In the case of plants the method of procedure was to grow some of the most important crops of rotation, each separately year after year, for many years in succession on the same land, (a) without manure, (b) with farmyard manure and (c) with a great variety of chemical manures; the same description of manure being, as a rule, applied year after year on the same plot.
Amongst the field experiments there is, perhaps, not one of more universal interest than that in which wheat was grown for fifty-seven years in succession, (a) without manure, (b) with farmyard manure and (c) with various artificial manures.
In one case, indeed, the average produce by mixed minerals and nitrogenous manure was more than that by the annual application of farmyard manure; and in seven out of the ten cases in which such mixtures were used the average yield per acre was from over two to over eight bushels more than the average yield of the United Kingdom (assuming this to be about twenty-eight bushels of 60 lb per bushel) under ordinary rotation.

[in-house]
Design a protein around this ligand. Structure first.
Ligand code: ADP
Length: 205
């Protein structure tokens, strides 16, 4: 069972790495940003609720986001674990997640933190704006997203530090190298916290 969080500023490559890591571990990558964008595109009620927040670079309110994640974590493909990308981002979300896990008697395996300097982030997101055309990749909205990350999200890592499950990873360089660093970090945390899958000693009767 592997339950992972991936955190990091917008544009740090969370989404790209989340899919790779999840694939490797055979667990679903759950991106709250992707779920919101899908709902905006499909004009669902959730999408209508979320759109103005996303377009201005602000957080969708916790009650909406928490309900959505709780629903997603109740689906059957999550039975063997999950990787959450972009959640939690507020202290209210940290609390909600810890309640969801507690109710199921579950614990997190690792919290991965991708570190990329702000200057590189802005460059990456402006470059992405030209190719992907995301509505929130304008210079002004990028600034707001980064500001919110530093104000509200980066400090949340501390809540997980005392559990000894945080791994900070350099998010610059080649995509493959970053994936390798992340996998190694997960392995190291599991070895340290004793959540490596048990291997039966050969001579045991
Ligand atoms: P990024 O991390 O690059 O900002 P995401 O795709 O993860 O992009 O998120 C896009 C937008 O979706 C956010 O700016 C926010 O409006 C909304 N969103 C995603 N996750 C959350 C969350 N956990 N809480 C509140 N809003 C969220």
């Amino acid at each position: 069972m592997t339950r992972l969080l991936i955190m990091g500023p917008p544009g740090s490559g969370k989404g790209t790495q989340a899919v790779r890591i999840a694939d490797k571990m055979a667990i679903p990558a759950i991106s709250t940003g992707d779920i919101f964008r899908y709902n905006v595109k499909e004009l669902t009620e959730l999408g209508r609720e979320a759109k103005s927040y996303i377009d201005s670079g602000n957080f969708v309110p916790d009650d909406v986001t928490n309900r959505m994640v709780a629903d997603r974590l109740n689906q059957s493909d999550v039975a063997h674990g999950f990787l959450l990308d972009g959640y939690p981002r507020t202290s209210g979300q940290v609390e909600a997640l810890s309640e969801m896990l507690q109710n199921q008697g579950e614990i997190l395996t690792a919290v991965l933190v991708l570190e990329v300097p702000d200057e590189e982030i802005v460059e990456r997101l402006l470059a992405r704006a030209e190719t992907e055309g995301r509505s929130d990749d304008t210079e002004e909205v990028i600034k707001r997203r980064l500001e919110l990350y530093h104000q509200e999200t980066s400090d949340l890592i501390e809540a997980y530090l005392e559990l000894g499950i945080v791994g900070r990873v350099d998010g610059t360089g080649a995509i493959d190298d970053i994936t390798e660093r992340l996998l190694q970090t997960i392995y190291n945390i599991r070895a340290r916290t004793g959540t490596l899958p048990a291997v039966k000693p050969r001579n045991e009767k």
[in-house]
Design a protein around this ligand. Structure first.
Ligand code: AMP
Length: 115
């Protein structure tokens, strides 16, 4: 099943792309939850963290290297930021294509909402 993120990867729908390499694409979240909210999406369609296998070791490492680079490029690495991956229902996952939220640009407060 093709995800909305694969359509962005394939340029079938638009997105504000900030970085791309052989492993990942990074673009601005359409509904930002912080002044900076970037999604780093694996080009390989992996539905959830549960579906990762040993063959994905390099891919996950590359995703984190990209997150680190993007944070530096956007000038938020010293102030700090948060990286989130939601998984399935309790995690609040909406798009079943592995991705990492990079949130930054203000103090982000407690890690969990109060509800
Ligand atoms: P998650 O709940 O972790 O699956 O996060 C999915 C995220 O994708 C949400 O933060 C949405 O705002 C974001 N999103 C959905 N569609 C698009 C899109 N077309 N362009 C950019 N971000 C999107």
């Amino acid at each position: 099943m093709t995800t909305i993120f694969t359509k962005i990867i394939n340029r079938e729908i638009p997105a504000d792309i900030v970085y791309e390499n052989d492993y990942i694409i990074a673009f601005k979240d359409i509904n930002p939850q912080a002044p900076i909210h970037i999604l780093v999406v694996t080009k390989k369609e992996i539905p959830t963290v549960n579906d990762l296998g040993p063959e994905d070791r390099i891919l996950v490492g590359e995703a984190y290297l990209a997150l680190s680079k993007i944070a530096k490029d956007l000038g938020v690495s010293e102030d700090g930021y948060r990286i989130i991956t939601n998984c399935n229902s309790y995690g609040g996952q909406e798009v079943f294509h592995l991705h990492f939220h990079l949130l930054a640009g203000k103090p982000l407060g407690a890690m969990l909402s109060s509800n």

The average results show that, under all conditions of manuring - excepting with farmyard manure - the produce was less over the later than over the earlier periods of the experiments, an effect partly due to the seasons.
Of the twenty plots into which this land is divided, two were left without manure from the outset, two received ordinary farmyard manure for a series of years, whilst the remainder each received a different description of artificial or chemical manure, the same being, except in special cases, applied year after year on the same plot.